Today I met a real-life giant cockroach (the actor’s name is Guy) who is kind enough to give humans a tour of the Science Museum from this critter’s perspective. Here’s what Professor John Cockroach had to say:
“Ah nice to meet another friendly cockroach face! Quick, join in. Don’t forget to put on your weekend ‘best’. Going among the humans, we’re all to be on our best cockroach behaviour.
Now, you’re probably wondering why we cockroaches are gathering here?
Well, as cockroaches, we forget – don’t we? – we haven’t had to evolve for, well, millions of years. We are, after all, pretty much the same as we were when there were dinosaurs. Humans, bless ‘em, clearly still have a long way to go. But they’re trying, obviously, so we mustn’t judge them too harshly. That would be very uncockroach of us, wouldn’t it?
Human beings are so fascinating. D’you know, they change their own environment to solve their problems rather than evolve? Yes, they have a strange habit of constructing things and when they’ve finished they sometimes put those things in a room and call it a museum. How strange!
So, being a cockroach professor of humanology, ahem, I lead a group of you cockroaches, on a quick scuttle around, as it were, for about 30 minutes.
We’ll see how humans seem absolutely obsessed with something they call time. Many of them can’t even eat, sleep, or indeed leave the house without first ‘checking the time’.
We’ll see plenty of examples of their machines too, how they try to save time, kill time, and how they love to burn things in order to go faster and faster.
Just a quick reminder, though, to any of our cockroach visitors. Please don’t expect to feed the humans. Sorry, but they’re very fussy eaters and have quite strict feeding times.”
Launchpad is our main interactive gallery that focuses on the topic of physics. Visitors of all ages enjoy seeing how hot they really are in front of our thermal imaging camera and are amazed to hear music through their teeth – to name just a few exhibits!
Visitors in front of the thermal imaging camera
Once the summer holidays are over, the flood of families are soon replaced by school groups. To stop the big kiddies frightening the little ones we have different Key Stage (KS) days during term-time.
On KS1 (5-7) and KS2 days (7-11), everyone is enthusiastic with large beady eyes gleaming at the wonderments of science. On KS3 days (11-14) the attitudes are totally different – and that’s just the staff…
We have shows about bubbles, explosions and err, structures (it’s a good show folks, honest!) in our show space for those at primary school age and a show all about rocket science for the children in double digits.
There are obvious differences between interacting with 6 year olds and teenagers that I won’t go into detail here but there are many, perhaps surprising, similarities as well.
Kids playing with the Big machine
For a start, all age groups run inside the gallery despite you strictly telling them not to before they enter. They all ask you where the toilets are (but don’t we all?) and they all love the Big Machine, which involves moving grain around with simple machines such as pulleys.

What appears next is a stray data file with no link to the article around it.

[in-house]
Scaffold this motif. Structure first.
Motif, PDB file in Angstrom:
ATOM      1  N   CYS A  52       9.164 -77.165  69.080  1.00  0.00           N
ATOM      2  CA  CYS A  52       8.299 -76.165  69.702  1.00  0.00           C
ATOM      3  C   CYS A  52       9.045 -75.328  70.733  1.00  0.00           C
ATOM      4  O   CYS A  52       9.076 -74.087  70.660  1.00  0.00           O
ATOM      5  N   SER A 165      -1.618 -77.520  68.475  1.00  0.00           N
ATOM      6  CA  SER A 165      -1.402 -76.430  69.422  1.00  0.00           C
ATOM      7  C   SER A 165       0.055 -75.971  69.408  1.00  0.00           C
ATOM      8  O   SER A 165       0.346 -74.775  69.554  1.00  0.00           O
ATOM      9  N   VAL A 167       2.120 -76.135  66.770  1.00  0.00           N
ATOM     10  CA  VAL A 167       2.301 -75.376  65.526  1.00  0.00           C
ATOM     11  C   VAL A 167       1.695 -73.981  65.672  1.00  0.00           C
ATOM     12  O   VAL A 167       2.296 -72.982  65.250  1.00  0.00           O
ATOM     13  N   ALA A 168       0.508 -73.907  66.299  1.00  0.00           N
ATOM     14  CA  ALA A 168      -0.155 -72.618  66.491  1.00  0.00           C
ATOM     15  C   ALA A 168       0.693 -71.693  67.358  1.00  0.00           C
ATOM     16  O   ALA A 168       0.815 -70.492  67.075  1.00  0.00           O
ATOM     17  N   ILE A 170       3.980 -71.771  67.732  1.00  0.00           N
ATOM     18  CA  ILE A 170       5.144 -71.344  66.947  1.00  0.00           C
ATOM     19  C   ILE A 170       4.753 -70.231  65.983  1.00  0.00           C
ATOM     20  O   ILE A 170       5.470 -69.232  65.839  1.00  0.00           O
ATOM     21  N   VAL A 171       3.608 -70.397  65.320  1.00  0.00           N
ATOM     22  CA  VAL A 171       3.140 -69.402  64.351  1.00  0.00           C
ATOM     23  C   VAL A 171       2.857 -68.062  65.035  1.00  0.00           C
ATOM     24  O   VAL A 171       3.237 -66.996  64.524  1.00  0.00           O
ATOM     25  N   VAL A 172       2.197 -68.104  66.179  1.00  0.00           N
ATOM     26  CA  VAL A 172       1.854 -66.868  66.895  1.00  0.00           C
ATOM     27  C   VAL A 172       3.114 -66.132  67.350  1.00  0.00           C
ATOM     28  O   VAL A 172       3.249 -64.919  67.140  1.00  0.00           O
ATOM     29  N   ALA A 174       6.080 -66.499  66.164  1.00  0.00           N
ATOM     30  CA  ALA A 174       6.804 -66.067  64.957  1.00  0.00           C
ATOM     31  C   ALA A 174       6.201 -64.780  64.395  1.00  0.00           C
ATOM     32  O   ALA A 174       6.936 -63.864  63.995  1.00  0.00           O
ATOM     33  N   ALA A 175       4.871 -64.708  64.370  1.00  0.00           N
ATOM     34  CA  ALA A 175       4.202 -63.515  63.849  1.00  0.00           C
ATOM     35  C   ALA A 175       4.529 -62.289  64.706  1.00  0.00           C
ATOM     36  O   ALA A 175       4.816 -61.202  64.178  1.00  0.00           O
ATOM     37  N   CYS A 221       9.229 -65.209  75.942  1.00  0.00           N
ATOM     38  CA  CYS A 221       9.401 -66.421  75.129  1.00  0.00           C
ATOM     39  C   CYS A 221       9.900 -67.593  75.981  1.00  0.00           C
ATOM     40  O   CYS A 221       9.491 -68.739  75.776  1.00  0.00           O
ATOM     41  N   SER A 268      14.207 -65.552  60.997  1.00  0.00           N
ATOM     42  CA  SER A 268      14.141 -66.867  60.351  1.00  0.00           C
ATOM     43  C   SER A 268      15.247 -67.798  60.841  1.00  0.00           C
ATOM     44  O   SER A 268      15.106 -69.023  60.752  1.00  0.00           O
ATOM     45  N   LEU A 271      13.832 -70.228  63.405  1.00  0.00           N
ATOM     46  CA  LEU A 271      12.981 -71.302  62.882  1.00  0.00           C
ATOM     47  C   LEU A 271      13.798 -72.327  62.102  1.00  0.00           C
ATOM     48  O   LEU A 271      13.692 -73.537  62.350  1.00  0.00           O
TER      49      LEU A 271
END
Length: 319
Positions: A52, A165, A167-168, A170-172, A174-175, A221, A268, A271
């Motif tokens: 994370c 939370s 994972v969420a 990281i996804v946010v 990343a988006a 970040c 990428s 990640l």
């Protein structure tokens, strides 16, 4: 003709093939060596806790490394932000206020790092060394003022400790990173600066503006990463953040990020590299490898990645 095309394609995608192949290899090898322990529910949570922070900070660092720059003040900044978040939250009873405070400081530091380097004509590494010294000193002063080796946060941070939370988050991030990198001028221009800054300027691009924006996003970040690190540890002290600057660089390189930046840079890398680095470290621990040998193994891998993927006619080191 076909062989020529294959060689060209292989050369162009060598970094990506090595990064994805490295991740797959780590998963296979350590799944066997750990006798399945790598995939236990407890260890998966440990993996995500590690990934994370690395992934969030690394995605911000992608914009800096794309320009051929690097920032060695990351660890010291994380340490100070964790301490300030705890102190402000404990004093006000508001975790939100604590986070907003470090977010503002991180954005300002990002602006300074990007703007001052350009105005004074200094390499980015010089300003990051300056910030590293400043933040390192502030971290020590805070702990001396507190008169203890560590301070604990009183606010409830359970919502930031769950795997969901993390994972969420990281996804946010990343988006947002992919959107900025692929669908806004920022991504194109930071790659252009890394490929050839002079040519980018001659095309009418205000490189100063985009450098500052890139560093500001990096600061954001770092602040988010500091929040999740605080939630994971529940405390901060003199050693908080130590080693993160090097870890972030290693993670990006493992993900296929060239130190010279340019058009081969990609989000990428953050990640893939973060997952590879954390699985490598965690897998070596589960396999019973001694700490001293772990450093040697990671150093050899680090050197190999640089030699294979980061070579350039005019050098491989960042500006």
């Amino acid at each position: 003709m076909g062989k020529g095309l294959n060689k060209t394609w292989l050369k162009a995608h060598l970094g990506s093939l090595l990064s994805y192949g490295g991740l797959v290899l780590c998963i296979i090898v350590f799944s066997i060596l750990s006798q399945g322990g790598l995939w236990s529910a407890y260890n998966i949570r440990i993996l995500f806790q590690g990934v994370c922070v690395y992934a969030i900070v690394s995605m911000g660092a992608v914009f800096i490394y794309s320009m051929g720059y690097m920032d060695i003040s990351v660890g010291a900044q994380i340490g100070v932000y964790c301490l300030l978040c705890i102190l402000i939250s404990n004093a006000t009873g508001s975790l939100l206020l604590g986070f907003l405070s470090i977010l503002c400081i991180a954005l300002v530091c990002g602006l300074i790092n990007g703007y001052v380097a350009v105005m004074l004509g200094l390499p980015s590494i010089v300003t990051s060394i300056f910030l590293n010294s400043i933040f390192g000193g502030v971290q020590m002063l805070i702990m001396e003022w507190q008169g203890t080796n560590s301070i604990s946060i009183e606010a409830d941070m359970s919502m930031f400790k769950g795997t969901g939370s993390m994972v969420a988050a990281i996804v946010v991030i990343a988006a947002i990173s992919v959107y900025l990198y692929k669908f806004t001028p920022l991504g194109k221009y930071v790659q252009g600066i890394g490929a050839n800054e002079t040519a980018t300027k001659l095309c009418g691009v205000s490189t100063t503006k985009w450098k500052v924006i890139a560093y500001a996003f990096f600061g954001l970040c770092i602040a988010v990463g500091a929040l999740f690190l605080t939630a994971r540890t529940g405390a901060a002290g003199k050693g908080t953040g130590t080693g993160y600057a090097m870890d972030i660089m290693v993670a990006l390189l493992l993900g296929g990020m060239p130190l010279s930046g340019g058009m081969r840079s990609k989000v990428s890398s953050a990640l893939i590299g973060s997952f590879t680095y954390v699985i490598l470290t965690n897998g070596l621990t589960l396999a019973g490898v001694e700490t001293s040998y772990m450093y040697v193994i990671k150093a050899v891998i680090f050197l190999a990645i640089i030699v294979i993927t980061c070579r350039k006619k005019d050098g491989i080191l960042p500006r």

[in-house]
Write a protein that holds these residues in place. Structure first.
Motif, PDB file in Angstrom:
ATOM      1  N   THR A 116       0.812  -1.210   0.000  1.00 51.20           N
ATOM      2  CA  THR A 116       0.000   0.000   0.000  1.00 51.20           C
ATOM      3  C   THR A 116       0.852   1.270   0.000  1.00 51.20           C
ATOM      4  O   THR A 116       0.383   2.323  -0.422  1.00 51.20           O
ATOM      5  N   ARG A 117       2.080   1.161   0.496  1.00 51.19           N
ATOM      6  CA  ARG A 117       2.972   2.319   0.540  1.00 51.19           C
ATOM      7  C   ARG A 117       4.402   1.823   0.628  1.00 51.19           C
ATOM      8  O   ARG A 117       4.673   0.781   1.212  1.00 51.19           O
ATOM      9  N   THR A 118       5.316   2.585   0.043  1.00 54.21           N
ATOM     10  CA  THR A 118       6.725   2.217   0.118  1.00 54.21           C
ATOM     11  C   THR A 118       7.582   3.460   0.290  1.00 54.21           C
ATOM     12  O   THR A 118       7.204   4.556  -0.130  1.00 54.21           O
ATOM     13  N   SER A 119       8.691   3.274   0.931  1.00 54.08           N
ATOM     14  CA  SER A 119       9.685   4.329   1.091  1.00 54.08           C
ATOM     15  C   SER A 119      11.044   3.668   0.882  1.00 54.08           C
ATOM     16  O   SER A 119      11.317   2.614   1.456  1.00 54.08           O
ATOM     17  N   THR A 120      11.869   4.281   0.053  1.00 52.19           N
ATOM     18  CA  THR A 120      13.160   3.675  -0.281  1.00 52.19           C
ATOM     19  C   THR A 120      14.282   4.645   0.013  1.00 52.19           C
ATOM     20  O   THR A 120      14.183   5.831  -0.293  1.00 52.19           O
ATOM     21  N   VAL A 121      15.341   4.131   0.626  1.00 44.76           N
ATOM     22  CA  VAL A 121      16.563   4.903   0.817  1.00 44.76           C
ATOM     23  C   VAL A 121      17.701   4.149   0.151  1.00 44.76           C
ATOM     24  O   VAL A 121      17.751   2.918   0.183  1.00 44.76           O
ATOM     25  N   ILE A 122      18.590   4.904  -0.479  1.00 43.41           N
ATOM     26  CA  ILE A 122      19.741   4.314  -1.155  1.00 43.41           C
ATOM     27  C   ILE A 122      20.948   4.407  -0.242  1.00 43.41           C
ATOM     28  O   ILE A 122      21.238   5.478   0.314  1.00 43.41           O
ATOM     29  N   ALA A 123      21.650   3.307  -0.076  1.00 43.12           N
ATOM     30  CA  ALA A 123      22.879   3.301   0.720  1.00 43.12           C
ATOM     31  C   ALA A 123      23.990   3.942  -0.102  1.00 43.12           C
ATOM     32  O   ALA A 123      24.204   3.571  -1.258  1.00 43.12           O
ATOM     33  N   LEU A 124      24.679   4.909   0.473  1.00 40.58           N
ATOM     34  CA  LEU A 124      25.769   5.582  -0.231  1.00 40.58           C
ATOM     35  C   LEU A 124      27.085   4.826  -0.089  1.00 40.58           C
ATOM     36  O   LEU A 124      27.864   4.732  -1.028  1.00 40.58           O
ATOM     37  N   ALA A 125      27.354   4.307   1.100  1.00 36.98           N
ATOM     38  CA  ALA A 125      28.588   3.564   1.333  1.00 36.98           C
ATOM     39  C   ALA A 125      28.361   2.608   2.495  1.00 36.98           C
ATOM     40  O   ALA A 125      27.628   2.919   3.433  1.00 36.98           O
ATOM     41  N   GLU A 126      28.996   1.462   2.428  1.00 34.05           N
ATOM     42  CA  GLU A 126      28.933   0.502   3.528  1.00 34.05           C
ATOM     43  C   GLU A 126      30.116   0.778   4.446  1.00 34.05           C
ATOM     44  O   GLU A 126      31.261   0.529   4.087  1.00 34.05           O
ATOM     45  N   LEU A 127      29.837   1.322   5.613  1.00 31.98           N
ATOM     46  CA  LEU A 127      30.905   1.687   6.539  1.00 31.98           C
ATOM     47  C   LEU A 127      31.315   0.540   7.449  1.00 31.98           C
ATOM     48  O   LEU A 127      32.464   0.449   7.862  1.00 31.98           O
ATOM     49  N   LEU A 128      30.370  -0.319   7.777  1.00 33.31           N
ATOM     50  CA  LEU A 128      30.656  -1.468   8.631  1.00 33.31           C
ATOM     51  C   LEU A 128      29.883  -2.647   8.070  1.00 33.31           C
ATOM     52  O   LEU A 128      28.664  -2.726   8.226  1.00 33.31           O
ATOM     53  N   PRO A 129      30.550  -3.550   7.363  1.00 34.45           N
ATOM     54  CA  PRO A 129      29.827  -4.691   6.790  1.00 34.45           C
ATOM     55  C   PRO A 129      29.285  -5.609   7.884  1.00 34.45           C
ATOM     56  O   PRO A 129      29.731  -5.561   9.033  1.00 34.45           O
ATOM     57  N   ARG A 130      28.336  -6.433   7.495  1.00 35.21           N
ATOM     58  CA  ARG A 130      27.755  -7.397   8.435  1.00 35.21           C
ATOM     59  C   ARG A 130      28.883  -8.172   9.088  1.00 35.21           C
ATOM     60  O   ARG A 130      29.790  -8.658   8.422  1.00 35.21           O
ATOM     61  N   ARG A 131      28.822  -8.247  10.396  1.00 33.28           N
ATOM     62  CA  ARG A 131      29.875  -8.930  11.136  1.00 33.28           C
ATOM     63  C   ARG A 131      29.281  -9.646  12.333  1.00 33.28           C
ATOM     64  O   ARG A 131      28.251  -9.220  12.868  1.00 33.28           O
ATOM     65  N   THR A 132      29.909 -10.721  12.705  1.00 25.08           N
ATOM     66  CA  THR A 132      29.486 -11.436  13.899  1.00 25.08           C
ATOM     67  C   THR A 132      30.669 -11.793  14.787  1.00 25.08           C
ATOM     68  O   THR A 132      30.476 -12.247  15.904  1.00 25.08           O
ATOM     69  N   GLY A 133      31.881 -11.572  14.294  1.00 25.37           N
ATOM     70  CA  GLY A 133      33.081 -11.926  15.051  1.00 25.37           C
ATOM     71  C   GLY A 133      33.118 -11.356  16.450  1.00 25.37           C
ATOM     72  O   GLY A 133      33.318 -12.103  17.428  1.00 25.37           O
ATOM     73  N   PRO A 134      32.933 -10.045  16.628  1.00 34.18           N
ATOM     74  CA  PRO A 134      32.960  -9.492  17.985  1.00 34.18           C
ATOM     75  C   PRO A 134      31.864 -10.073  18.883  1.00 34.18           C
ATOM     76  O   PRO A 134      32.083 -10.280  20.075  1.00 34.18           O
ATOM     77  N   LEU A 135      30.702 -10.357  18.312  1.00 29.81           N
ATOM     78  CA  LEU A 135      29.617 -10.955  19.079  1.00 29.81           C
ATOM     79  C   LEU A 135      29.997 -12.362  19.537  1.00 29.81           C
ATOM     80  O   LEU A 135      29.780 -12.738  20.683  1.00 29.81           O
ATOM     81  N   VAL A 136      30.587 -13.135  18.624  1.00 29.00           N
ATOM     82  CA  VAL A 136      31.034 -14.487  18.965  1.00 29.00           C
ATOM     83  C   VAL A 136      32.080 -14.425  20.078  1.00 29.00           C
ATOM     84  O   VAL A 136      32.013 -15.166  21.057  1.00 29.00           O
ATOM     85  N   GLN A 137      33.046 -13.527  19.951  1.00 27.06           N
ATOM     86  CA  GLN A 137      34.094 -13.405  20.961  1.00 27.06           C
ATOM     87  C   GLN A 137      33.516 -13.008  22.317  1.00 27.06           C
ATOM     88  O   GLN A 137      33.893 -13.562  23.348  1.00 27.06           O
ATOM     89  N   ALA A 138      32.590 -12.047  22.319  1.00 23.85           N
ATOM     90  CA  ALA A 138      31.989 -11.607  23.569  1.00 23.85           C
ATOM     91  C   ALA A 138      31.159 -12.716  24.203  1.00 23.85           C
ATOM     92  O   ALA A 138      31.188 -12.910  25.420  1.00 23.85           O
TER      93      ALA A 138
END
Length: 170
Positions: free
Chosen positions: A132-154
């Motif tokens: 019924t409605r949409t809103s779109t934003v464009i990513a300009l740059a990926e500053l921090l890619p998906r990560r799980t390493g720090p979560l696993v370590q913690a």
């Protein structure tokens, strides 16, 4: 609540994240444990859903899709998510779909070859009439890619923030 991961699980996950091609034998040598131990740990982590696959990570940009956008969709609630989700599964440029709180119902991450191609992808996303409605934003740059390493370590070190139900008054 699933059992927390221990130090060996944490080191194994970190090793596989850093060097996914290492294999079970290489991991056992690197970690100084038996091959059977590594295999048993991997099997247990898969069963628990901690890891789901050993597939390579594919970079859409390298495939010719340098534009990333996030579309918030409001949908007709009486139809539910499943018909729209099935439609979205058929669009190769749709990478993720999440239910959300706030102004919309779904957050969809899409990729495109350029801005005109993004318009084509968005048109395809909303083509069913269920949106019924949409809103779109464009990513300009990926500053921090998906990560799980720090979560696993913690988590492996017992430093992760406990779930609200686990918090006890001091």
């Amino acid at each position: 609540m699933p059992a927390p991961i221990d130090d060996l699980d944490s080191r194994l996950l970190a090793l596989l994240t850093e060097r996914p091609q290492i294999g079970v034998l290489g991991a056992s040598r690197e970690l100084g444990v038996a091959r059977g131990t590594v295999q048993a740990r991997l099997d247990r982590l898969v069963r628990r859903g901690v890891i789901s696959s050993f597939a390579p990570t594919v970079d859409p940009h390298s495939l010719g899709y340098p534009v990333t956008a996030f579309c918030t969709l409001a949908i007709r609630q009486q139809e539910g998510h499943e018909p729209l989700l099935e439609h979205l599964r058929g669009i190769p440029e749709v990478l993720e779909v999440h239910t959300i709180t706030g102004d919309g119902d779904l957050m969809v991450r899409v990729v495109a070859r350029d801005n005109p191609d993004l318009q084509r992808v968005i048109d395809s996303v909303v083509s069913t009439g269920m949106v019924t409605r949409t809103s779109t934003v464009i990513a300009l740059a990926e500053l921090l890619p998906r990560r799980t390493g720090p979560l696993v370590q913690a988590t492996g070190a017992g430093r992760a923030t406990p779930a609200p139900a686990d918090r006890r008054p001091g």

The slang used amongst the schooling public is also consistent. I have simply lost count of the number of times I’ve heard primary and secondary school children use the phrase ‘oh my days!’ and ‘it’s sick!’ and even combine them both together to form the ‘Oh my DAYS!, It’s SICK!’ super combo. Whatever happened to the days, well in my days anyway, when it was cool to just say ‘cool’?
Explainer Fact: Over 2600 science shows were performed in the Launchpad show space last year.
An Imperial Stormtrooper stands outside the Science Museum stall – science fiction or science fact?
That sets the scene for this year’s West End Live in Trafalgar Square, a free entertainment extravaganza featuring the best that Theatreland has to offer, and of course the Science Museum learning team was there! (The Stormtrooper came from the Forbidden planet stall next to ours by the way).
There we were armed with our Alka-Seltzer rockets, cornflour slime and carbon dioxide bubbles to protect ourselves from dark forces and of course to educate and entertain the masses in the backdrop to West End productions.
One of our tables focused on the topic of forces and motion. The Alka-Seltzer rockets experiment introduces the idea of pressure and the ‘egg trick’ helps demonstrate gravity and friction.
Another table demonstrated the property of different materials. The cornflour slime is an example of a non-newtonian fluid, which can behave like a liquid and a solid depending on the amount of force applied. We also trapped gaseous carbon dioxide, which we sublimed from solid carbon dioxide (dry ice), in bubbles and engulfed adults in our large bubble ring. Just because we can.
There were plenty of acts on show on the main stage, so we enjoyed performances by the cast of Billy Elliot and Chicago, just to name a few. The weather (us Brits are obsessed with the weather) was so predictably unpredictable. One moment there was a torrential downpour. The next, as if by magic, Bob the Builder came on stage and brought with him some loving sunshine. Can he fix? YES he can!
The Science Museum learning team will be present at two further festivals this summer: LolliBop (Regent’s Park) 5th – 7th August and at Jolly Day Out (Hampton Court Palace) 26th – 28th August.